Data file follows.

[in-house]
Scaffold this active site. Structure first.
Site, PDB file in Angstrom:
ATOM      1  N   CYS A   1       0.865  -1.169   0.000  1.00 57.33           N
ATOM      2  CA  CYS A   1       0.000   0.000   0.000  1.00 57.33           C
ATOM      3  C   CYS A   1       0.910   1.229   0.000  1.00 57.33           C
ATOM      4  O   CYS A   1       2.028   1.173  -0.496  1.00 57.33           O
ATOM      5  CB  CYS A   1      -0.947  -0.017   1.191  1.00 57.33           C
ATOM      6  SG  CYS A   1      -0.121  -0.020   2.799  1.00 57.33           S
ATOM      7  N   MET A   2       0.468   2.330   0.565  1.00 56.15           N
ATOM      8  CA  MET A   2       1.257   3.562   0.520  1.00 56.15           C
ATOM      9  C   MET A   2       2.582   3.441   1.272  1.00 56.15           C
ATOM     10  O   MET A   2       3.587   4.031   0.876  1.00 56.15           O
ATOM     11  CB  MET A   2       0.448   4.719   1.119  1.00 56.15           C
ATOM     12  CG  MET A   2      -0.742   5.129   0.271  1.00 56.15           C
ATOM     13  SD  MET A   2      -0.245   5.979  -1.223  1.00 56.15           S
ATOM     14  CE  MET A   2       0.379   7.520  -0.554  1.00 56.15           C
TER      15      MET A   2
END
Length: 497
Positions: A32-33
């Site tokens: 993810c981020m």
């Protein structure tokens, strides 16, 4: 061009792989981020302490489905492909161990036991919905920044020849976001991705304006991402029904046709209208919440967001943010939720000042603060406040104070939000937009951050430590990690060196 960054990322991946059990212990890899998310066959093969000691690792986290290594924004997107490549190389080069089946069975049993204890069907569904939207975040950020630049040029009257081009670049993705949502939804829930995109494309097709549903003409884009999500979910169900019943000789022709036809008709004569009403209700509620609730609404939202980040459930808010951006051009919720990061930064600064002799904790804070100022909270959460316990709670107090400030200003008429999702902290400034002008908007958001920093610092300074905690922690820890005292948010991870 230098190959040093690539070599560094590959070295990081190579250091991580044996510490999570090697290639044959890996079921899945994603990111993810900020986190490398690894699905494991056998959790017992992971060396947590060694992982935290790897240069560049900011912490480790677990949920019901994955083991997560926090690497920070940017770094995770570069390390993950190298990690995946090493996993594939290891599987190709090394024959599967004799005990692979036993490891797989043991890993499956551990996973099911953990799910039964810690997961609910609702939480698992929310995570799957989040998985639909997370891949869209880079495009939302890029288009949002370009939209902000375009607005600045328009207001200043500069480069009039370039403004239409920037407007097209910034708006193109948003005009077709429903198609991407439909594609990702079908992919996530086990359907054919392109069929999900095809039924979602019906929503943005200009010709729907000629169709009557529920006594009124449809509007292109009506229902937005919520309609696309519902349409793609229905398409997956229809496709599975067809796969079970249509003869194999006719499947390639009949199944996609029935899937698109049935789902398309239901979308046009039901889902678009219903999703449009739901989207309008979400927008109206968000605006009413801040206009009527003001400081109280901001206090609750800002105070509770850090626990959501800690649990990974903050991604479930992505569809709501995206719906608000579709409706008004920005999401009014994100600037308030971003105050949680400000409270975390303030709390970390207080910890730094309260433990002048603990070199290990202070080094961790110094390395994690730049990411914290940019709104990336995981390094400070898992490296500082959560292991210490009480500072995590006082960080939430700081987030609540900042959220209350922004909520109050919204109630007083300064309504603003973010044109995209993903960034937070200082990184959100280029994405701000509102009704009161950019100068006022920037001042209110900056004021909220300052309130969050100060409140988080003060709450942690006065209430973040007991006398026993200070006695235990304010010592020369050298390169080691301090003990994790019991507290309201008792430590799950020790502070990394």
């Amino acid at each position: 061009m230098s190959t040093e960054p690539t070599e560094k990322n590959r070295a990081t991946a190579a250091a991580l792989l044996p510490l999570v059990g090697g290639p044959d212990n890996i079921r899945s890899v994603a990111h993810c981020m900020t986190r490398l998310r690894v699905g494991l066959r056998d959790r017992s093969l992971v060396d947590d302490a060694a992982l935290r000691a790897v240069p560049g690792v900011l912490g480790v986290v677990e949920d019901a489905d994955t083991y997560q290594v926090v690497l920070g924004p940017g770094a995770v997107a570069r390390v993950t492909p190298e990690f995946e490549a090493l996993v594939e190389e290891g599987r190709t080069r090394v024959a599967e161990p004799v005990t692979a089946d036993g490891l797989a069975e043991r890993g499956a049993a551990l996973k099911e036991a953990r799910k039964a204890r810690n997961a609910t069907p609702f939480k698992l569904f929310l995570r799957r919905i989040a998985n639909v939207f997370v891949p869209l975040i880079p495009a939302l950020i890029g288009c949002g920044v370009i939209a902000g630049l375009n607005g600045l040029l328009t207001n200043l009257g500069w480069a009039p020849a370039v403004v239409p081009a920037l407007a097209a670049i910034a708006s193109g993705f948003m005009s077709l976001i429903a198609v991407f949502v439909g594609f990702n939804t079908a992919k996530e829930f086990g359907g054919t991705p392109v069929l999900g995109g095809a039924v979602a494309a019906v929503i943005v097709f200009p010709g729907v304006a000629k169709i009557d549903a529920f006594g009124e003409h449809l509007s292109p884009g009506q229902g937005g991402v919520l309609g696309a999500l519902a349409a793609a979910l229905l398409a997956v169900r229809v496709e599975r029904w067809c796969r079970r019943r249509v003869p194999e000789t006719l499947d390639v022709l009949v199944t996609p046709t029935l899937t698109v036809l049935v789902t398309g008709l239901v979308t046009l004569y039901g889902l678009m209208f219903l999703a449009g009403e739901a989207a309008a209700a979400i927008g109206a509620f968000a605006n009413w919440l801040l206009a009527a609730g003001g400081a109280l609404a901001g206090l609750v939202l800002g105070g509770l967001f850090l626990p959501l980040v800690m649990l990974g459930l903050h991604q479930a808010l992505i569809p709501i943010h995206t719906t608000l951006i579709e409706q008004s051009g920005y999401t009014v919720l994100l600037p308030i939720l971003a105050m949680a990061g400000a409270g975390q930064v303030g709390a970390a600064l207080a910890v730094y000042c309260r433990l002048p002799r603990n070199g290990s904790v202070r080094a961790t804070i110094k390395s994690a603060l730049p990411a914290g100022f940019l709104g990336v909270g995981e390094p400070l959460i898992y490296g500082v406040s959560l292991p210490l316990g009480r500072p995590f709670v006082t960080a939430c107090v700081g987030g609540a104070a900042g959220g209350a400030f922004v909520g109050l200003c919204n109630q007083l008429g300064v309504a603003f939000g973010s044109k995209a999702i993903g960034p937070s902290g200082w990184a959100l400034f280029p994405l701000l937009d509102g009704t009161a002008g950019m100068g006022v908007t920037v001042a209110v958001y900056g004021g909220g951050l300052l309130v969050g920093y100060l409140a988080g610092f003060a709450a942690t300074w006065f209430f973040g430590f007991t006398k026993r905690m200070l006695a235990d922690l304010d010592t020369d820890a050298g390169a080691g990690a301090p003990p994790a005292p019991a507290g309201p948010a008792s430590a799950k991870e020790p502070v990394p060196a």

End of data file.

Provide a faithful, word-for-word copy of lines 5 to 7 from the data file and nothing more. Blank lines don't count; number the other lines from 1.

ATOM      2  CA  CYS A   1       0.000   0.000   0.000  1.00 57.33           C
ATOM      3  C   CYS A   1       0.910   1.229   0.000  1.00 57.33           C
ATOM      4  O   CYS A   1       2.028   1.173  -0.496  1.00 57.33           O